Montreal, June 2, 2022
The entertainment and media industries alone represent annual global revenues of over US$2 trillion (source : Statista). What’s more, a PwC study has shown that AI could potentially contribute an estimated $15.7 trillion to the global economy by 2030 and, according to MIT, 92% of large companies have already reported returns on their data and AI investments. Jean-Francois Gauthier, CEO of Startup Genome, estimates that AI and Big Data now account for 25% of startup funding transactions, up from 16% in 2016. According to an article that appeared in Harvard Business Review, most U.S. executives (74%) think that AI will not only make business processes more efficient but also create new business models (55%) and lead to new products and services (54%). AI adoption has exploded since 2020.
The creative industries are not simply a collection of small, purely artistic projects. These sectors are multi-dimensional and can be major drivers of economic change in the Montreal, Quebec and international landscapes. To make that happen, companies both here and abroad must develop tools and build bridges. Artificial intelligence (AI) is a key tool in this area, and one not used merely for creative pursuits.
In this spirit, the E-AI launch event will take place on June 14 and 15 at the Palais des congrès de Montréal with the theme “Explore, Co-Create and Amplify.”
More than just flashy projects
Entertainment industry decision-makers often think of AI as a way to deliver experiences.
“While that aspect is important, and very artistic-minded, it’s just the tip of the iceberg,” explains Olivier Blais, Co-Founder and Head of Decision Science of Moov AI.
“The goal is to get people to think about how the creative industry can be strategic in diverse ways, and this is where AI holds great opportunities. Although companies don’t always realize it, almost every one can capitalize on this tech, for example, through AI-optimized supply chains or when they need predictive models to forecast raw material prices or market demand for products. Creative projects also need a down-to-earth vision to take shape.”
Whether used for creative projects or other applications, AI systems need to be cloud-native, robust, and of high quality. AI can be a true cornerstone to optimize the entire entertainment industry, as is the case for many other sectors of the economy. This is exactly the ambition of Moov AI, which is giving a presentation at E-AI on June 14 and whose experts deploy concrete AI and machine-learning solutions to solve business challenges.
AI serving great chefs and your taste buds
AI can also help us dream and push our boundaries. One of the showcased topics will include the “Sony AI Gastronomy” project, for which François Chartier serves as a senior gastronomic consultant. President of Chartier World LAB Barcelona, this Quebecker will soon open a branch in Montreal. Sony, one of Japan’s top brands, needs no introduction when it comes to movies, music and gaming. Yet the multinational created its Sony AI division to leverage artificial intelligence in these three key areas. When Sony launched its AI division four years ago, they decided that gastronomy would be a first field of research.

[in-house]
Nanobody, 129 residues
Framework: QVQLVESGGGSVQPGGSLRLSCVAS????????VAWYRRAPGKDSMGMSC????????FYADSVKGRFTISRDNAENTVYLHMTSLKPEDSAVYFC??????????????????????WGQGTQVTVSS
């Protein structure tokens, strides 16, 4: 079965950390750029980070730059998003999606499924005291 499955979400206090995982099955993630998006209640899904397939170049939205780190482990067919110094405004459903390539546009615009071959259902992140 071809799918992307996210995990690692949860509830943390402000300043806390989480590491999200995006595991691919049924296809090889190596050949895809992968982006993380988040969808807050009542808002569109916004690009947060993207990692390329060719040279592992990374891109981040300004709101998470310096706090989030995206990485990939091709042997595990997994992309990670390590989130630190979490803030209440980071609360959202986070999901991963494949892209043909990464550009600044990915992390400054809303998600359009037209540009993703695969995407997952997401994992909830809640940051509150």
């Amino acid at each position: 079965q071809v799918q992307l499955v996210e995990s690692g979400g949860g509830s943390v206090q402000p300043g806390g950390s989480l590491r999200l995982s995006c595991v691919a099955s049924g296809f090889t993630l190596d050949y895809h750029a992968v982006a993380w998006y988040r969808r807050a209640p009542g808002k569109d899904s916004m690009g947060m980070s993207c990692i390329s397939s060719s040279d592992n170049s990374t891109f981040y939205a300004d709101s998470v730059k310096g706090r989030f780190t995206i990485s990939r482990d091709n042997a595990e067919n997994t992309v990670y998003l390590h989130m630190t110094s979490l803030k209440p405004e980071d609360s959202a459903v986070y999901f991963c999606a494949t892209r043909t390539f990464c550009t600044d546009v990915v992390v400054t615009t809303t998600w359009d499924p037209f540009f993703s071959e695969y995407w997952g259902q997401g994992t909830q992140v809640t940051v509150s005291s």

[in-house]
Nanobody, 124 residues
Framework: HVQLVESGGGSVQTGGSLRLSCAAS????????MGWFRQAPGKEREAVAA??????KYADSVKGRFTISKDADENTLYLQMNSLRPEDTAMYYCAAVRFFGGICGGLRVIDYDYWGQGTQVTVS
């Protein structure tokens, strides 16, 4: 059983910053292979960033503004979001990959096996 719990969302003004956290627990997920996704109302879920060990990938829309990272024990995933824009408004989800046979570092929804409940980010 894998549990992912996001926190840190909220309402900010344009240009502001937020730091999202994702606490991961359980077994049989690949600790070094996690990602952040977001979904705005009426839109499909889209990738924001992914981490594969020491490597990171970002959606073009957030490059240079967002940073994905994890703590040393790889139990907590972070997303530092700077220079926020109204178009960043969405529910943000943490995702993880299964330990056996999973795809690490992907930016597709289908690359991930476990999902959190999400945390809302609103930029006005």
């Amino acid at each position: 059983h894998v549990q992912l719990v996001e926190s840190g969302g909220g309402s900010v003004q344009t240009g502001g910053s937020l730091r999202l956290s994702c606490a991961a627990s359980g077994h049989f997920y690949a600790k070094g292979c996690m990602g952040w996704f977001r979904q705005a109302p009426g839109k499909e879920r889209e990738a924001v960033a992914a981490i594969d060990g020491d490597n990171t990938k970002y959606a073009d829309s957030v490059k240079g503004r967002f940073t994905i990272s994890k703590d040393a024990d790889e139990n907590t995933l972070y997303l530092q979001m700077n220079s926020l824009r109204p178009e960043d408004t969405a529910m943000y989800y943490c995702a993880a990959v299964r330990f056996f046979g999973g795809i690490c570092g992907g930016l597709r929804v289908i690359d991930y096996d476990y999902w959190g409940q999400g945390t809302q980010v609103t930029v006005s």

“We wanted to show how AI can impact and push the barriers of gastronomic creativity in an agile way,” explains François. Chartier.
“And it will do this through a dialogue with chefs, not by replacing them. We are giving chefs and sommeliers whatever tools they need to create a dish or compile its harmonies in a database. And that’s amazing! The project is articulated around the science of aromatic molecular harmonies that I created in 2002. We want chefs and creators to be stimulated by the interface and open doors to new creative paths based on existing or future cooking techniques, the place where they cook on a product-available basis, among many other parameters. Given Sony’s successes with gaming, I’m sure our project will see the same ‘boom’ in the AI world.”
Chartier World LAB, which is based in Barcelona, will soon open new Labs in Tokyo, the Douro and Montreal.
Oh, so robots
“When non-industry people ask me what I do for a living and I say, ‘high-performance computing infrastructure and AI,’ they immediately reply, ‘Oh, so robots,’” says Mark Stephens, Head of Marketing and Communications for Images et Technologie.
“People are somewhat oblivious to just how much AI is integrated in our everyday lives. Social media platforms rely on AI algorithms to rank and push content based on end-user inputs. We know that, but most people would be surprised to find out just how integrated AI is in the media and entertainment space.”
VFX artists use AI every day, making it hard to tell the computer generated from the real. “From an economic perspective, Deep Learning and AI decrease production costs and time to market,” Mr. Stephens continues. “Even marketing benefits. When studios publish trailers for upcoming films, they can use AI solutions like Valossa, which takes key content elements that generate hype around the film. Entertain-AI lets us speak even more about the importance of converging AI with all aspects of media and entertainment. The more we adopt and integrate AI technology, the more companies will develop tools that improve workflows and creative collaboration, and ultimately, industry sustainability and the ability for smaller studios to compete.” Images et Technologie is a member of the E-AI advisory committee and will give a presentation at the event.
Are you interested in these topics? Consult the event program here.
E-AI is a global business-to-business community that unites the entertainment and AI ecosystems. It fosters greater collaboration between the two groups through opportunities for meetings and discussion, with the aim of exploring and generating new business opportunities and spurring innovation.